Domestic violence law and criminal justice system intervention have played an important role in publicizing the seriousness of domestic violence and in penetrating the silence that allows the perpetrator to commit violence.  Mediation perpetuates this realm of secrecy and isolation from public scrutiny. From:  Note:  The Dangers of Mediation in Domestic Violence Cases, by Sarah Krieger, 8 Cardozo Women's Law Journal 235, 2002. 

In countries that are just beginning to offer orders for protection in domestic violence cases and criminal sanctions for violation of these protective orders, promoting the alternative of mediation constitutes a serious derailment of accountability.


Mediation in Family Law Cases

Mediation of family law cases is mandated by statute or court rule in many jurisdictions in the United States.  Issues that may be mediated include custody disputes, visitation problems and questions of property settlement.

As in criminal cases, mediation in family law cases is predicated upon the idea that a fair and acceptable agreement can be negotiated by an objective third party.  The Toolkit to End Violence Against Women  states, “This means that the parties should have relatively equal power in the relationship, full information about the resources available to each person and any outstanding or future financial obligations, sufficient independent economic capacity…and the ability to protect their own interests in the process of mediation.”

The dynamics of domestic violence preclude the availability of such resources for battered women.  Abusers achieve power and control by withholding information and controlling the activities of their partners. According to the Toolkit, “…women who are battered may be unable to participate fully or freely in mediation.  They routinely assess the risks or costs of noncompliance with their abusive partner's demands, particularly related to disclosure of abuse. In mediation or in legal proceedings, battered women may not appear intimidated or fearful, but they may nonetheless be doing quick mental calculus to avert danger, achieve safety, and gain some authority to manage their lives. They may be weighing whether to assert their legal interests against the likelihood that doing so may compromise their safety.”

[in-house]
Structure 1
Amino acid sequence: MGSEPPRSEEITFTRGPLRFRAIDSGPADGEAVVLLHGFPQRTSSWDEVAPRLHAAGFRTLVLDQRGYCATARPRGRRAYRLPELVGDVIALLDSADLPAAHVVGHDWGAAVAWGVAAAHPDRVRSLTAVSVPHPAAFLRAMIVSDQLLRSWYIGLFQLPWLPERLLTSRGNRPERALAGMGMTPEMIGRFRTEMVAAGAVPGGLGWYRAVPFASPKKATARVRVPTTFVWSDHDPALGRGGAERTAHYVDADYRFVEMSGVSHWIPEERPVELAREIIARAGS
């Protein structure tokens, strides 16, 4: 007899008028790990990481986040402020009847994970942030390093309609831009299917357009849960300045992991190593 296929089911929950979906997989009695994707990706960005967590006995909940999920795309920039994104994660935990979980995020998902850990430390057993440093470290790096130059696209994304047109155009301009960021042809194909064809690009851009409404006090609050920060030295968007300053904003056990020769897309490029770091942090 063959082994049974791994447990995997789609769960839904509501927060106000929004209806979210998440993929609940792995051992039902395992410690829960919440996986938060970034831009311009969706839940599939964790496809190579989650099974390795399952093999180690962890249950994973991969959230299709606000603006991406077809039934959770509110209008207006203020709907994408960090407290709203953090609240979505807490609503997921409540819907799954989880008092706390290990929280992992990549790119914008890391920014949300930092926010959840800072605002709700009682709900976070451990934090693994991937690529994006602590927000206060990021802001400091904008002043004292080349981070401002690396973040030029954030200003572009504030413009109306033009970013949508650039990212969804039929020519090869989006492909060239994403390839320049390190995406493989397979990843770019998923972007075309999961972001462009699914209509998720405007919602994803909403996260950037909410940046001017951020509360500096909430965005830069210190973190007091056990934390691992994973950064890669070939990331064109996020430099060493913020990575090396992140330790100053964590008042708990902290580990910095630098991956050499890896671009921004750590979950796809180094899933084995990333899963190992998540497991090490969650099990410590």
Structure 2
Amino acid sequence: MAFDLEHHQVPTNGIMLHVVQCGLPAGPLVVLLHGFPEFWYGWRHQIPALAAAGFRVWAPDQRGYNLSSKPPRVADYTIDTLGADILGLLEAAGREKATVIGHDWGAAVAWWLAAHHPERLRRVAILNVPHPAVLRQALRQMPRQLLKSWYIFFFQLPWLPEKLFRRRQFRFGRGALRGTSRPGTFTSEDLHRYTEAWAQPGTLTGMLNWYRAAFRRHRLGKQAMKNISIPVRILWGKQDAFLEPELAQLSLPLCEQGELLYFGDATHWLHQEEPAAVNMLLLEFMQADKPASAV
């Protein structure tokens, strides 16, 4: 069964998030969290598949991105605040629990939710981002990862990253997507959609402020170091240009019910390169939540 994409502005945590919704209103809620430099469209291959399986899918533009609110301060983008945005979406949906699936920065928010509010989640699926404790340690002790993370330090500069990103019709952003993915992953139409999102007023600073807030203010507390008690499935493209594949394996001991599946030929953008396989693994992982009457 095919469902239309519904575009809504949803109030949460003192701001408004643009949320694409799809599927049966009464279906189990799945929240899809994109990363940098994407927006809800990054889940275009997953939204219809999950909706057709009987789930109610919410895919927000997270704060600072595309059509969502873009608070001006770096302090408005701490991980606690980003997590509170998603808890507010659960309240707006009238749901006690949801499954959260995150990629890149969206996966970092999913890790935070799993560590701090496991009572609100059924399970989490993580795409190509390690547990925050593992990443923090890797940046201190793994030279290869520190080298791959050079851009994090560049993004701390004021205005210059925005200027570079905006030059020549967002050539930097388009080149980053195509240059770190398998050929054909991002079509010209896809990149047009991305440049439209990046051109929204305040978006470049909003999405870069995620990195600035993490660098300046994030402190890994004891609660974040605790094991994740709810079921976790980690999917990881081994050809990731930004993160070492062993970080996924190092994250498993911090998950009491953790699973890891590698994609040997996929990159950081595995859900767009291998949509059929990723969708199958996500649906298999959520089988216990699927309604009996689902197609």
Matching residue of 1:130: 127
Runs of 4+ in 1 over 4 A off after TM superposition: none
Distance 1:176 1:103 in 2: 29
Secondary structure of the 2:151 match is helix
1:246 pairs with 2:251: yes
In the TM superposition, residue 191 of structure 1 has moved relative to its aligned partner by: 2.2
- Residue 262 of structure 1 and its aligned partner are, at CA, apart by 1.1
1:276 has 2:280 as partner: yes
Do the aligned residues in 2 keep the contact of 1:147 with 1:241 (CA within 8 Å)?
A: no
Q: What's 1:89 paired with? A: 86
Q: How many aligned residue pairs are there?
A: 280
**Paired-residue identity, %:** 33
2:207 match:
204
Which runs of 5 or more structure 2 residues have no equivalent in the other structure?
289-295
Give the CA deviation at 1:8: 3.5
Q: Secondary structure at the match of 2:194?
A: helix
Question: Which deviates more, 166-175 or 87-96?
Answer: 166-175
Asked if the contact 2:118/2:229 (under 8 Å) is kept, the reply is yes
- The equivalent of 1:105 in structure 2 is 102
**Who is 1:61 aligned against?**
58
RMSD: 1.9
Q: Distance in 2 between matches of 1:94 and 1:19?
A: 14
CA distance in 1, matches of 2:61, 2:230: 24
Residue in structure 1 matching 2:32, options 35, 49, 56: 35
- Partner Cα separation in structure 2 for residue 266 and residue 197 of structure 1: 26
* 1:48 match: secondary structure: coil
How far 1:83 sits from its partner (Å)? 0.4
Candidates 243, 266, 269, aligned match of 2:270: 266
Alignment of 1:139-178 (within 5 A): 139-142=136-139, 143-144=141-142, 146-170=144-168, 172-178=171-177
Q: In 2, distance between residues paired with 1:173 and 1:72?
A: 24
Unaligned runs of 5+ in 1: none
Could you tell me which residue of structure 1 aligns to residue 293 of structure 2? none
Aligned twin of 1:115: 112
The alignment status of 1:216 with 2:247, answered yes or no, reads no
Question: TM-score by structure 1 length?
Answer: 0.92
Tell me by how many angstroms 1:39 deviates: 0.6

Another risk is that both the process of mediation and the outcome are often not adequately reviewed by family court systems. Mediators often lack training in identifying domestic violence and the dynamics of abuse.  Untrained mediators may allow a seemingly reasonable abuser to dominate a silent victim, who may not have an attorney to advise her. Judges rely upon the ostensible independent agreement of the parties to rubber-stamp the outcome.
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The American Bar Association has developed Model Standards of Practice for Family and Divorce Mediation, and has addressed mediation in the context of domestic violence as follows:

Standard X: A family mediator shall recognize a family situation involving domestic abuse and take appropriate steps to shape the mediation process accordingly.

Further elaboration of the Standard requires a mediator to be adequately trained in domestic abuse, to “make a reasonable effort” to screen for domestic abuse prior to the mediation, and to continue to assess for domestic abuse during the mediation process.